The ‘Picky Problem’ in Dating: How to Stop Sabotaging Your Love Life
In this latest blog, licensed psychologist Dr. Seth Meyers addresses all of you super picky daters out there! Could this just be an excuse you are creating to not find love? Hmm…
I’ve heard it said a million times before: “I’m really picky.”
The subject, of course, is pickiness in dating, and countless men and women tell themselves they can’t find a mate because they’re just too picky. But before we go further, we need to pump the breaks: There is healthy picky and unhealthy picky. Briefly, I’ll define both so there’s no confusion, and you can use the information to make sure you’re on the right romantic path.
Healthy Picky: You’re careful about who you get involved with, taking things slowly in the beginning, not moving into the bedroom too quickly, and remaining on guard for a couple months or so until you have a sense of who this new person really is. In between relationships, you take some time off and reflect on why the last relationship didn’t work, and after a while you resolve those issues and begin a fresh relationship with someone new.
Extremely Picky: Deep down, you want to be with someone but can’t seem to find the right fit. You spend more time being single than in relationships, and you have a habit of finding a range of faults in prospective dates. You sometimes focus on little things which end up causing the demise of the relationship, and you tell yourself you have a hard time meeting the right one for you because you’re just so…picky.
The Fear Factor: It goes without saying that it’s not so great if you fall into the extremely picky camp. What’s underneath unhealthy pickiness? What causes someone to be so picky and overly discerning? In one word: Fear. Extreme pickiness is a giant blob of defense mechanisms with an underlying fear of a real long-term romantic relationship. Underneath it all, people who are extremely picky are afraid to depend on someone for fear of getting hurt. They’re often afraid of being seen for who they really are or having someone they date see flaws or weaknesses in them.
For most people, they wade into relationships with the usual caution, knowing they might get hurt and that they will be seen in all their glory — flaws and all. Nevertheless, the possibility that the relationship could be a good and comforting one makes it worth the risk. For people who are unhealthily picky, on the other hand, the possibility of a long-term relationship does the opposite of soothing them: It actually stresses them out! A lot!
If you are someone who is extremely picky, it means that you (unconsciously) work hard to find faults with prospective partners as a means of self-protection. It makes sense, too, in a twisted kind of way: If you find enough faults to decide so-and-so is not the right match for you, eventually you can put off everyone and will never have to actually face the stress of a long-term relationship. Why? Because you’ll always manage to push all the prospective partners away!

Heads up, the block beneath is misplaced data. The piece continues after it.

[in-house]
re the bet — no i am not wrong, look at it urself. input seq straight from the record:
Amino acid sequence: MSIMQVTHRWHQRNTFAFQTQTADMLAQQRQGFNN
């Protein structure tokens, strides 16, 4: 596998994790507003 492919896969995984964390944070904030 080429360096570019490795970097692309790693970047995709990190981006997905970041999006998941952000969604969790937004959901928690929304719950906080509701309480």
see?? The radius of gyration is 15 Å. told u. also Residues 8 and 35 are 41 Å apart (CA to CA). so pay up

The Good News: I’m happy to reassure you that extremely picky daters can change if they want to do so. The first step is to admit the problem, and it’s not that you’re “picky.” The real problem is that you’re afraid.
How to Solve the Picky Problem:
- Once you can be honest with yourself about your fear of what a long-term relationship could bring, write down the reasons why you might be more afraid of relationships than the average person. Is your extreme pickiness related to the family you grew up in where there was a lot of fighting or where a parent left? Is it because you were made fun of in school, and have always carried a little insecurity with you as a result? Is it because a previous boyfriend or girlfriend really hurt you in the past? Figure out what your reasons are and write them down.
- Next, tell a couple of your closest friends about your epiphany, and tell them to point it out to you whenever you start getting negative or finding fault with a prospective date. Your friends are there to help support you, and it’s important to practice being vulnerable with people you trust. If the relationship is a good one — whether it’s friendship, romance, whatever — you can be vulnerable with the other person and won’t face any negative consequences for letting your guards down.
- Finally, make a rule for yourself where you won’t decide if you really like someone until you’ve had at least three or four dates with a person. By giving your dates more of a chance, you will also find that you start judging others less and actually like the process of dating more!
No one believes in the power to change to more than a psychotherapist, and I watch people change every day in my office. My heart goes out to those men and women who have spent years being extremely picky — aka too afraid — because I believe they have missed out on a lot of the comfort that can come with a long-term relationship. Once you find someone you’re compatible with, you actually create a new family. Ultimately, there is nothing more beautiful than having the power to create a new family from scratch.
Learn more about Dr. Seth Meyers and his book, Dr. Seth’s Love Prescription: Overcome Relationship Repetition Syndrome and Find the Love You Deserve.
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